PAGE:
Medical Justice contact : firstname.lastname@example.org / 07786 517379
Duncan Lewis contact : email@example.com / 07920 077 037
Equality and Human Rights Commission contact : James.Beetham@equalityhumanrights.com
Mr PO case-study
Mr PO was beaten, knifed and flogged in homophobic attacks. The judgment summarises ; “The [Home Office] case worker responded that this did not fit the definition of torture as he was beaten by non-state actors. This position was maintained until release. … a consultant neuropsychiatrist, Dr Lohawala, provided a report expressing the view that their condition had deteriorated in detention. Dr Wootton, a consultant forensic psychiatrist, expressed the view in PO’s case, that “the identity of the perpetrator of the torture” was not relevant to the harm he suffered in detention, where “he experienced the same loss of agency and powerlessness that he had during his previous traumatic experiences, and this triggered a worsening of his symptoms”.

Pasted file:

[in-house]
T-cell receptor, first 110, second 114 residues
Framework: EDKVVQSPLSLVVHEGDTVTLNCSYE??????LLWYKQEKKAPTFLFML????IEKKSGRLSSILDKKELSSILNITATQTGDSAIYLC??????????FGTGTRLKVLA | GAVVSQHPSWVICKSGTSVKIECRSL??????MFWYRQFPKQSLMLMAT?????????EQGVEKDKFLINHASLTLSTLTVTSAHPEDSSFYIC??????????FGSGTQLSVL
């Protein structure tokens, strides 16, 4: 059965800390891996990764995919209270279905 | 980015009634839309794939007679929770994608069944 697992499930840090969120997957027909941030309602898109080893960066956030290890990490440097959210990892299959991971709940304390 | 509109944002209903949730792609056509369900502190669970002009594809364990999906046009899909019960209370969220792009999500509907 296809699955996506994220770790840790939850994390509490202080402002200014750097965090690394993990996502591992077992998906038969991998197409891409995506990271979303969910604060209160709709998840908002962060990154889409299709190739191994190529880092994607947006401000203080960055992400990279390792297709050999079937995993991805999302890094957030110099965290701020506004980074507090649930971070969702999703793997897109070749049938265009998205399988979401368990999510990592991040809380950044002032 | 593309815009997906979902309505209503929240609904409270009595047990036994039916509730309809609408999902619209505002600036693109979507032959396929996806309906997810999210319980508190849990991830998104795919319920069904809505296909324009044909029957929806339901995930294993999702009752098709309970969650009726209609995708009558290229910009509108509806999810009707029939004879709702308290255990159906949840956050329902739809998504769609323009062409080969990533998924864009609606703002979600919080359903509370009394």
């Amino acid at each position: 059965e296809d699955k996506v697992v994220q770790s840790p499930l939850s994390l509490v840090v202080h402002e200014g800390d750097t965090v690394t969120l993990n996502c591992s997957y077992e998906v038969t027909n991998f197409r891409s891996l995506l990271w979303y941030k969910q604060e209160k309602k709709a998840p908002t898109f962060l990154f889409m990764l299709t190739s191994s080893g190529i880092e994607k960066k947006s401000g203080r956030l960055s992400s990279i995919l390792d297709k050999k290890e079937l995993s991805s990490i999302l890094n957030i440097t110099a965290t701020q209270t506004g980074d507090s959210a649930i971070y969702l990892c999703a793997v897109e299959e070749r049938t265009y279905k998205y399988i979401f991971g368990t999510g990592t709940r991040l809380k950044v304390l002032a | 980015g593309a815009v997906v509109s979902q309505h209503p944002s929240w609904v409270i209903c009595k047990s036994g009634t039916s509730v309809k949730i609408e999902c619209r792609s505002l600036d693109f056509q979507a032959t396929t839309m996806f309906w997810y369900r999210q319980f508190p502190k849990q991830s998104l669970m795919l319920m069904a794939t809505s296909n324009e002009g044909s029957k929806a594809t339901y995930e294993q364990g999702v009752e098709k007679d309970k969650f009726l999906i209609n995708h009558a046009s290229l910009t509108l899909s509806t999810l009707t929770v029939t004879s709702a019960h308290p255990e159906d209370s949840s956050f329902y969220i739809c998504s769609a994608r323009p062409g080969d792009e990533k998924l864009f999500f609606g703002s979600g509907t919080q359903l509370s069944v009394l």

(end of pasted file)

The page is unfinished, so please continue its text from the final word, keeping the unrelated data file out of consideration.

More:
Other ex-detainee claimants included ;
A 20-year-old Vietnamese victim of trafficking who worked from the age of six to pay off her dead parents’ debts from a loan shark. She was repeatedly beaten with sticks, broken bottles and burned with cigarettes before being trafficked to the UK.
A 21-year-old Afghan man who was kidnapped and recruited by the Taliban at the age of five, beaten with rifle butts, stabbed and thrown off a mountain.
Two women who say they suffered severe ill-treatment at the hands of persons who were not state agents and were subjected to sexual violence, rape and human trafficking for sexual exploitation.
In 2015, Channel 4 news filmed inside Yarl’s Wood and Harmmondsworth immigration removal centres undercover, revealing abuse of detainees and references to medical mistreatment. The next day, an All Party Parliamentary Group published a damning report following an inquiry on detention.